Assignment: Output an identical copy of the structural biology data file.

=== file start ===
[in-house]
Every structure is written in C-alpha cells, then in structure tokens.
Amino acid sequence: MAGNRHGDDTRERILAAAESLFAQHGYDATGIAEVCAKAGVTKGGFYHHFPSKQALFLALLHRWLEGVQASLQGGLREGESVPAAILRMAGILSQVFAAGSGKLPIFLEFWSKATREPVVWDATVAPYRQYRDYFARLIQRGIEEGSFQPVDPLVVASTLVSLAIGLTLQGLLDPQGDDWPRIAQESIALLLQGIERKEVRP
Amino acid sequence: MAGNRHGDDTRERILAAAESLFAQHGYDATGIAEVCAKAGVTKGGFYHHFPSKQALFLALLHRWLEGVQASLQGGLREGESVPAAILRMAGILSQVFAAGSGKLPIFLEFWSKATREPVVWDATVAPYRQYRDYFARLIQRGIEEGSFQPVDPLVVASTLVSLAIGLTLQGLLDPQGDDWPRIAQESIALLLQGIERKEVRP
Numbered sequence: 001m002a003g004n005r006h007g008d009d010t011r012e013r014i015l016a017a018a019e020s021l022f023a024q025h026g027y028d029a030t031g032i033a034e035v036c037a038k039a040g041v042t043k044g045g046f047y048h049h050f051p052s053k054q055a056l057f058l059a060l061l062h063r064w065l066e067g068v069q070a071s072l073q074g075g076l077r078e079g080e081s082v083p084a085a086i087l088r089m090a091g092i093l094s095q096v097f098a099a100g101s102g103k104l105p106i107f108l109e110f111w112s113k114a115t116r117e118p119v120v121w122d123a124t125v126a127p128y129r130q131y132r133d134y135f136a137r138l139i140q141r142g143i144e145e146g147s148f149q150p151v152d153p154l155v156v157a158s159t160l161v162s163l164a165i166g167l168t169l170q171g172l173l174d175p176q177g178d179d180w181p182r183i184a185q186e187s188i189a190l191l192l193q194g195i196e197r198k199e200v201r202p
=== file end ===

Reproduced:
[in-house]
Every structure is written in C-alpha cells, then in structure tokens.
Amino acid sequence: MAGNRHGDDTRERILAAAESLFAQHGYDATGIAEVCAKAGVTKGGFYHHFPSKQALFLALLHRWLEGVQASLQGGLREGESVPAAILRMAGILSQVFAAGSGKLPIFLEFWSKATREPVVWDATVAPYRQYRDYFARLIQRGIEEGSFQPVDPLVVASTLVSLAIGLTLQGLLDPQGDDWPRIAQESIALLLQGIERKEVRP
Amino acid sequence: MAGNRHGDDTRERILAAAESLFAQHGYDATGIAEVCAKAGVTKGGFYHHFPSKQALFLALLHRWLEGVQASLQGGLREGESVPAAILRMAGILSQVFAAGSGKLPIFLEFWSKATREPVVWDATVAPYRQYRDYFARLIQRGIEEGSFQPVDPLVVASTLVSLAIGLTLQGLLDPQGDDWPRIAQESIALLLQGIERKEVRP
Numbered sequence: 001m002a003g004n005r006h007g008d009d010t011r012e013r014i015l016a017a018a019e020s021l022f023a024q025h026g027y028d029a030t031g032i033a034e035v036c037a038k039a040g041v042t043k044g045g046f047y048h049h050f051p052s053k054q055a056l057f058l059a060l061l062h063r064w065l066e067g068v069q070a071s072l073q074g075g076l077r078e079g080e081s082v083p084a085a086i087l088r089m090a091g092i093l094s095q096v097f098a099a100g101s102g103k104l105p106i107f108l109e110f111w112s113k114a115t116r117e118p119v120v121w122d123a124t125v126a127p128y129r130q131y132r133d134y135f136a137r138l139i140q141r142g143i144e145e146g147s148f149q150p151v152d153p154l155v156v157a158s159t160l161v162s163l164a165i166g167l168t169l170q171g172l173l174d175p176q177g178d179d180w181p182r183i184a185q186e187s188i189a190l191l192l193q194g195i196e197r198k199e200v201r202p